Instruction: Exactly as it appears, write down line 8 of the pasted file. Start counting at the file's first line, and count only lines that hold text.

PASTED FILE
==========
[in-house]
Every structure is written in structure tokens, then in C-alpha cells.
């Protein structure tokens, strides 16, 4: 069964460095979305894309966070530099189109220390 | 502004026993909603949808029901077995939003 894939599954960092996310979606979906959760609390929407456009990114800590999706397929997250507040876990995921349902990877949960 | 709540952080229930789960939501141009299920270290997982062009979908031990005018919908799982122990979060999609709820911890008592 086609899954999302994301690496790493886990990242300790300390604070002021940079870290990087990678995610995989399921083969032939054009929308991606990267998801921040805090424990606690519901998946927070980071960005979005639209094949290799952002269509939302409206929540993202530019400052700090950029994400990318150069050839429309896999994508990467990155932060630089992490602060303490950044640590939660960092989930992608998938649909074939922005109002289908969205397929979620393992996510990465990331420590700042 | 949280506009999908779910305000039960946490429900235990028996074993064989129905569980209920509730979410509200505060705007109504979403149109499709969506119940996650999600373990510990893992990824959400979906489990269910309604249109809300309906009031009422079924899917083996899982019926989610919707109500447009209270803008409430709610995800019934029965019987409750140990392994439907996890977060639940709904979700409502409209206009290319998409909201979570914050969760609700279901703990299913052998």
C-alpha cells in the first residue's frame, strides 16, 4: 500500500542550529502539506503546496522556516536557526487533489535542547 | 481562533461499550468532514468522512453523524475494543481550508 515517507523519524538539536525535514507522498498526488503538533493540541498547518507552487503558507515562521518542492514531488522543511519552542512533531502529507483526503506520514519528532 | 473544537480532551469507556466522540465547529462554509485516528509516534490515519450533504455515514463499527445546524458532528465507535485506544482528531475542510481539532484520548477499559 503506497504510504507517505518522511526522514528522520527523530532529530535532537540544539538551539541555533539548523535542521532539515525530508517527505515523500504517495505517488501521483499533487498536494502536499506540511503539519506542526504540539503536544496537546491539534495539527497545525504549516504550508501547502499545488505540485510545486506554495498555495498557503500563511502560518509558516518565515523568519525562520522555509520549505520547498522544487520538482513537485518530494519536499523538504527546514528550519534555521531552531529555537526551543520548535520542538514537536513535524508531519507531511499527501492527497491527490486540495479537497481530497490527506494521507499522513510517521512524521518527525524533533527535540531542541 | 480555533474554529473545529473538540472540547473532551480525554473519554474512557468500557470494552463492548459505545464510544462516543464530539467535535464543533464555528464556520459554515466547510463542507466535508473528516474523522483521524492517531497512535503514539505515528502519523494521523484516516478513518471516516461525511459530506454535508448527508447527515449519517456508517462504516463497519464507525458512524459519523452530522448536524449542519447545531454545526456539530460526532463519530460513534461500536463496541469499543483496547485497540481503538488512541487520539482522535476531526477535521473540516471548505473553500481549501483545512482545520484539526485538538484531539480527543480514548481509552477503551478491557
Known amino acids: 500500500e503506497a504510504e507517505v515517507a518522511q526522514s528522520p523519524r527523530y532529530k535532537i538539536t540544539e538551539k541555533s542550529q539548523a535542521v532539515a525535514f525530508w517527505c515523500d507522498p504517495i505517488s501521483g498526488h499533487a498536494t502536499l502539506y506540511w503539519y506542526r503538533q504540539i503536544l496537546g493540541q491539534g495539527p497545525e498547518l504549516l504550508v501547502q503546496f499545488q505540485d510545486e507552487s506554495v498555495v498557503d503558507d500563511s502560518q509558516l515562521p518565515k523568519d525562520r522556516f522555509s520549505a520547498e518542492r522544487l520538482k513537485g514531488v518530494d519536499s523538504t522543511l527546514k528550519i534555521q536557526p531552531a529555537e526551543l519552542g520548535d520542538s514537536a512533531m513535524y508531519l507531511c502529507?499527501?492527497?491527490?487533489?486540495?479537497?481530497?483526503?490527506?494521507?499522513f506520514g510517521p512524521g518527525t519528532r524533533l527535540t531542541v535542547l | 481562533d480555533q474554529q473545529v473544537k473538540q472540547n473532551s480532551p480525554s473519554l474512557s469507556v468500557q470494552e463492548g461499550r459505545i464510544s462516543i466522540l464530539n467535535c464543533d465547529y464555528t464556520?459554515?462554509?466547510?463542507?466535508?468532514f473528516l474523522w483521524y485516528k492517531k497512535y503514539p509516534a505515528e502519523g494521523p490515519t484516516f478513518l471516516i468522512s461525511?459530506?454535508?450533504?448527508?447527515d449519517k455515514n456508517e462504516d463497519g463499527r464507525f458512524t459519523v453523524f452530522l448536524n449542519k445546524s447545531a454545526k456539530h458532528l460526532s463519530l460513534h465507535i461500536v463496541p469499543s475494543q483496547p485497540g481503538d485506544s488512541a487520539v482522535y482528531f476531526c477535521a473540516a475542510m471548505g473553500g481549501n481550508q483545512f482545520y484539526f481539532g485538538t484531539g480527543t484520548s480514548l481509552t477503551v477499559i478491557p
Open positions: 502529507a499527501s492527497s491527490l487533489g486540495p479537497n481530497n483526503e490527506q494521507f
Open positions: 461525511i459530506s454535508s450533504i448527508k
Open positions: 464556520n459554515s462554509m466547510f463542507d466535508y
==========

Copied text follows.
Open positions: 464556520n459554515s462554509m466547510f463542507d466535508y